Two semiquantitative parameters were used to evaluated adrenal cortical function as previously reported (9). Maximal count of the adrenal gland with lesion (defined as adrenal gland having adrenalectomy) divided by the mean count of the liver resulted in adrenal to liver ratio (ALR). Maximal count of adrenal gland with lesion to maximal count of contralateral adrenal gland is defined as CON.
The specimens of APAs after adrenalectomy were collected and stored at −72°C until analysis. Genomic DNA were isolated from APAs using the QIAamp DNA mini kit (Qiagen, Hilden, Germany) according to the manufacturer’s instructions. The DNA regions containing the most frequently occurred point mutations of KCNJ5, p.Gly151Arg (G151R) and p.Leu168Arg (L168R), were amplified and sequenced using gene-specific primers (forward 5′-CTTCATTTGGTGGCTCATTGC-′3, reverse 5′-GGGACTTGATGAGCTTGGC-′3) as previously reported (11). The annealing temperature was 58°C. Direct sequencing of PCR products was performed using the BigDye® Terminator v3.1 Cycle Sequencing Kit (Applied Biosystems, Foster City, USA) with a 3730 DNA Analyzer (Applied Biosystems, Foster City, USA). Sequences were analyzed using DNAStar Lasergene SeqMan Pro 7.1.0 software. Standard protocol of sequencing in TAIPAI followed that which had been previously reported (12).
Descriptive statistics were used for patients’ characteristics. Continues data were expressed as median with 25th percentile and 75th percentile. Mann-Whitney U test was used for data comparison. Difference of ALR and CON between mutated and wild-type patients were compared by Mann-Whitney U test. Receiver-operating characteristic (ROC) curves were plotted and areas under the curve (AUC) were calculated for ALR and CON. The sensitivity and specificity of ALR and CON to predict KCNJ5 mutation were calculated according to the optimal cutoff value selected by Youden’s index. A p value of less than 0.05 was deemed statistically significant. All statistical analyses were performed using MedCalc Statistical Software version 17.9.2 (MedCalc Software bvba, Ostend, Belgium).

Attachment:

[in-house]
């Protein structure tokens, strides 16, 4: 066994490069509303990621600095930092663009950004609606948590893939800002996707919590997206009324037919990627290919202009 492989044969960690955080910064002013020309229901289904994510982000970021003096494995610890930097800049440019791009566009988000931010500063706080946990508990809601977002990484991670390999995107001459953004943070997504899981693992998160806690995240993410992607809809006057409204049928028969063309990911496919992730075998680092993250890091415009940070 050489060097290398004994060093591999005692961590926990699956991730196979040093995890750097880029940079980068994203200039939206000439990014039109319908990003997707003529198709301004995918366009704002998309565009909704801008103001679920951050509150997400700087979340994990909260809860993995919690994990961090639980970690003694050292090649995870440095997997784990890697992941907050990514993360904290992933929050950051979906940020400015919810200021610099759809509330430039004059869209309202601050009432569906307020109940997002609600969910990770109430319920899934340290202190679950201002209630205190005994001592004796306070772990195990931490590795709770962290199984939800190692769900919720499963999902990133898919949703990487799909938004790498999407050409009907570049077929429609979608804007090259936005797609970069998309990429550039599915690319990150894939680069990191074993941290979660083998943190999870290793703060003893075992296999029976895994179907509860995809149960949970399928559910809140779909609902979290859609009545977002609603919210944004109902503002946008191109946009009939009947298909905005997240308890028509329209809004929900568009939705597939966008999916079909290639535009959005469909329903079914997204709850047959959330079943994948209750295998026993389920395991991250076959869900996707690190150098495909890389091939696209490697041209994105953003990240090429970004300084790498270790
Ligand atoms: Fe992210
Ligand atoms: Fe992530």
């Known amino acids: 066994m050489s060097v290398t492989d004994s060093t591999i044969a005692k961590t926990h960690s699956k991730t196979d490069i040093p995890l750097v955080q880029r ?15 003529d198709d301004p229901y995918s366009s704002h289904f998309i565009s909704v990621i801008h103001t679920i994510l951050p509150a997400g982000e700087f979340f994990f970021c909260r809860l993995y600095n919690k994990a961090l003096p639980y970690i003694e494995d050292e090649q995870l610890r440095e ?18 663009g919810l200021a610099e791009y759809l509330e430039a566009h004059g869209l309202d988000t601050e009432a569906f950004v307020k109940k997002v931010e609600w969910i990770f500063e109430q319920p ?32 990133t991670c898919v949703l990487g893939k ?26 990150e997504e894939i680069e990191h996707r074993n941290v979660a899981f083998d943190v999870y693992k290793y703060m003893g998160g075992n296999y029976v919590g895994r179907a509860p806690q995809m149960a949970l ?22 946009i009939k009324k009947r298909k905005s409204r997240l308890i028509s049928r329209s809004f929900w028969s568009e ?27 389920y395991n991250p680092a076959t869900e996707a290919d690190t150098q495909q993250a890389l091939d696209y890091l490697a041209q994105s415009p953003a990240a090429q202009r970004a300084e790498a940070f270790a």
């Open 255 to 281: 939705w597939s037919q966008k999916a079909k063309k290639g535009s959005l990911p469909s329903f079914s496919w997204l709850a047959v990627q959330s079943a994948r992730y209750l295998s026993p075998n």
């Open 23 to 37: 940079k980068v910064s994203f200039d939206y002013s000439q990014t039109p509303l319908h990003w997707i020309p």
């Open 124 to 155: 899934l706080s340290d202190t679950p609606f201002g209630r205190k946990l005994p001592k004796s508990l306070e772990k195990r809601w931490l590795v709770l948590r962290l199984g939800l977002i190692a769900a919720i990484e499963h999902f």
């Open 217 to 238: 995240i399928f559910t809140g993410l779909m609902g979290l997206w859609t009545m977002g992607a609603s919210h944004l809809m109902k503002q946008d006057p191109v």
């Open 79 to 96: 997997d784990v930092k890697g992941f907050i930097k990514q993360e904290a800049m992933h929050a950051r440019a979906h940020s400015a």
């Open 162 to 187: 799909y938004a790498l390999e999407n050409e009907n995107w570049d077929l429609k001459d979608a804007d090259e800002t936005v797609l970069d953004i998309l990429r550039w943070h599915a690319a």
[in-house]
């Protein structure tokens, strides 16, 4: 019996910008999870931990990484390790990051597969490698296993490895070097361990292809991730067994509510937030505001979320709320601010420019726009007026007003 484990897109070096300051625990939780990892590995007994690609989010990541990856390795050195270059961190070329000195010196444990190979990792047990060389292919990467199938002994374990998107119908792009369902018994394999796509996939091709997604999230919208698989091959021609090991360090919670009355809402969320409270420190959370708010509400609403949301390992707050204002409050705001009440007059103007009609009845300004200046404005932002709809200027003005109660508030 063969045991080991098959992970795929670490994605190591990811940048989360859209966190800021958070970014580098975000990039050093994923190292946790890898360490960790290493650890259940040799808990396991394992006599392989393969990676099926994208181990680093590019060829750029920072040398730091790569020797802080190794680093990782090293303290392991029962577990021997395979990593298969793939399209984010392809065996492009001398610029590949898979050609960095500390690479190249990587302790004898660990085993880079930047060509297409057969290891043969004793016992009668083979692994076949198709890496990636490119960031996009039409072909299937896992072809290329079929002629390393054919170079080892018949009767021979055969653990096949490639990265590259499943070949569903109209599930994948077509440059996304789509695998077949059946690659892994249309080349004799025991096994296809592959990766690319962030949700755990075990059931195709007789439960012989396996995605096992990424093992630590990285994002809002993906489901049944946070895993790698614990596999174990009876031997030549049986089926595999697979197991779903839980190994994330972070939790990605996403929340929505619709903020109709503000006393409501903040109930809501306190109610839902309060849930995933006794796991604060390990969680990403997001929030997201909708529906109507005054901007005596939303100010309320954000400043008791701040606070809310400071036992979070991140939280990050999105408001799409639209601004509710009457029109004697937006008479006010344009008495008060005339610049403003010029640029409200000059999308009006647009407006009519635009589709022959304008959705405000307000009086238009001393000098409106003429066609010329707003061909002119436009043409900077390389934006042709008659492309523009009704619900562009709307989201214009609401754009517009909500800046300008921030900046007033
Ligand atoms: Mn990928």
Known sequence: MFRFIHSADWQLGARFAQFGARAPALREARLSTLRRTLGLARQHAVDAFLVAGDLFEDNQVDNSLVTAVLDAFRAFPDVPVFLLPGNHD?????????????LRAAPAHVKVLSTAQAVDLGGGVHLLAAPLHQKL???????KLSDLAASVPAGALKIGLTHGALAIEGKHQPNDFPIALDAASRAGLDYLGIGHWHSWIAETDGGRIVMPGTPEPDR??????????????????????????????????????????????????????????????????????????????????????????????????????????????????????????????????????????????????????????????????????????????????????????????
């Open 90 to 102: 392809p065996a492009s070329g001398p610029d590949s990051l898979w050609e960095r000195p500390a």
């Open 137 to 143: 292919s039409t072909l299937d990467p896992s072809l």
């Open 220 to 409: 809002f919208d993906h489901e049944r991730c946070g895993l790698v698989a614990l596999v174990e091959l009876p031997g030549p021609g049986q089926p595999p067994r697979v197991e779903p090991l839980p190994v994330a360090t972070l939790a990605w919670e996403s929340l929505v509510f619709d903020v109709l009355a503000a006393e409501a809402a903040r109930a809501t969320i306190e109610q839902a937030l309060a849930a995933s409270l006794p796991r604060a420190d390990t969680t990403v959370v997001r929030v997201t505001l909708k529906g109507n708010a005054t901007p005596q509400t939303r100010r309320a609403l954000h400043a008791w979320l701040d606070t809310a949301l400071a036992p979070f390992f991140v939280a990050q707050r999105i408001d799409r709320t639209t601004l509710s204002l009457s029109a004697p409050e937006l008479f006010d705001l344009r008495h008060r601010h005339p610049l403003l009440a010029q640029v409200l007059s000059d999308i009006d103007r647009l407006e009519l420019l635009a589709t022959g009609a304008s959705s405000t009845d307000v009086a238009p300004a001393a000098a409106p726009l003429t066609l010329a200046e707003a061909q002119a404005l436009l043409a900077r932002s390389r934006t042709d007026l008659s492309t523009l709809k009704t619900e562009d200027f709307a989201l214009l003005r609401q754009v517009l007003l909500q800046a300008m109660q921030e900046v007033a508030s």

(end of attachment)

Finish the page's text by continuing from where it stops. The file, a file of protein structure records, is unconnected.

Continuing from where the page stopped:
From October 2007 to October 2018, 64 patients were enrolled in this study. Two patients were excluded due to insufficient imaging information (one with missing data and the other with only SPECT imaging). Finally, 62 patients were enrolled for analysis, including 35 male (56%) and 27 female (44%), with a median age of 53 years (45–63). All patients received unilateral adrenalectomy and the median time interval between NP-59 adrenal scintigraphy and adrenalectomy was 134 days (75–249). The median ALR was 2.205 (1.69–2.98) and CON was 1.325 (1.14–1.83). The patients’ characteristics were listed in Table 1.
Correlation Between Clinical/Biochemical Profiles and KCNJ5 Mutation
Mutated patients had significantly higher preoperative plasma aldosterone concentration (PAC, 60.505 ng/dl [43.465–79.525] versus 43.2 ng/dl [26.6–56.44], p = 0.0130) and borderline higher portion of presence of hypokalemia before surgery (60% versus 13%, p = 0.0546). There were no differences regarding to age, gender, hypertension history, tumor size, preoperative antihypertensive medications, preoperative systolic blood pressure (BP), preoperative diastolic BP, preoperative plasma renin activity (PRA), and preoperative aldosterone to renin ratio (ARR).